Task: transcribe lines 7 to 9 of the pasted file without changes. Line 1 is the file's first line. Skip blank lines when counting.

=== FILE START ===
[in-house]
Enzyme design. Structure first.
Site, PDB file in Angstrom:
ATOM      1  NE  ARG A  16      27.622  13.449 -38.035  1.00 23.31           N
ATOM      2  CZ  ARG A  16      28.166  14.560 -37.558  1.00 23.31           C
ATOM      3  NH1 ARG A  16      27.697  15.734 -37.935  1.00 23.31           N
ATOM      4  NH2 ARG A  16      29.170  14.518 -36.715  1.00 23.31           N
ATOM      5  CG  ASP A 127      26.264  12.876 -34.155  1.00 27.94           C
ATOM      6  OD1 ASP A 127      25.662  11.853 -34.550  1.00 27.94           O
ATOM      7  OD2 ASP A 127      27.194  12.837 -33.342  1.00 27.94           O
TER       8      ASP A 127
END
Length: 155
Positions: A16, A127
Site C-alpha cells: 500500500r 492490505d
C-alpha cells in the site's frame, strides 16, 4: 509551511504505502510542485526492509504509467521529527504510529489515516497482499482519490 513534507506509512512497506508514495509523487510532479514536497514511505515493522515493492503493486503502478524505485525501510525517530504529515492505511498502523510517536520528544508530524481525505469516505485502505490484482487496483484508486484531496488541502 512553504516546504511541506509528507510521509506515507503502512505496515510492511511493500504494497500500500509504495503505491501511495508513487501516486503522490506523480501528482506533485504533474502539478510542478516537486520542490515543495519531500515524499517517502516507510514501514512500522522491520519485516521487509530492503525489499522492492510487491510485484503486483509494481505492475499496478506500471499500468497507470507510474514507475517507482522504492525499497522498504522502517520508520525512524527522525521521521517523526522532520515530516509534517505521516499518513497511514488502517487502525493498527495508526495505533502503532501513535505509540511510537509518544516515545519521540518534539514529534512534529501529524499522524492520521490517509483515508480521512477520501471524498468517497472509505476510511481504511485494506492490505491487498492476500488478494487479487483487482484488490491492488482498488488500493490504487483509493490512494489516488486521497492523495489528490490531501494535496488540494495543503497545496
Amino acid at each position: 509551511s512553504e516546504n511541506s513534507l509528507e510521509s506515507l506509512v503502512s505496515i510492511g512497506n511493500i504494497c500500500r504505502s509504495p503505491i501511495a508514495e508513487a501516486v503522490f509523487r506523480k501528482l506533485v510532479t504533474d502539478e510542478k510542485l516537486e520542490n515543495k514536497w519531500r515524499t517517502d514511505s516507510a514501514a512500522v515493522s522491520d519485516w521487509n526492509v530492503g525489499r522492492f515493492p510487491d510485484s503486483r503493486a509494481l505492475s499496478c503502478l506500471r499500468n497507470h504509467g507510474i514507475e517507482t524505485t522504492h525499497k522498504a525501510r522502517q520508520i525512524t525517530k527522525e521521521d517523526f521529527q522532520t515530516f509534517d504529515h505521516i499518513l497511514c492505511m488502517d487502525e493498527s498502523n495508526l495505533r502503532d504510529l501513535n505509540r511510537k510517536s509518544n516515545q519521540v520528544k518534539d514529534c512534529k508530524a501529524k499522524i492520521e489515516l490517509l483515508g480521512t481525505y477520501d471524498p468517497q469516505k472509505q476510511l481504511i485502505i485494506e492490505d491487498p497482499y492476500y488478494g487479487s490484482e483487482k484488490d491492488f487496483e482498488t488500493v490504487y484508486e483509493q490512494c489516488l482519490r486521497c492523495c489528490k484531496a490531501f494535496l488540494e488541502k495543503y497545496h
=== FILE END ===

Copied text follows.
ATOM      4  NH2 ARG A  16      29.170  14.518 -36.715  1.00 23.31           N
ATOM      5  CG  ASP A 127      26.264  12.876 -34.155  1.00 27.94           C
ATOM      6  OD1 ASP A 127      25.662  11.853 -34.550  1.00 27.94           O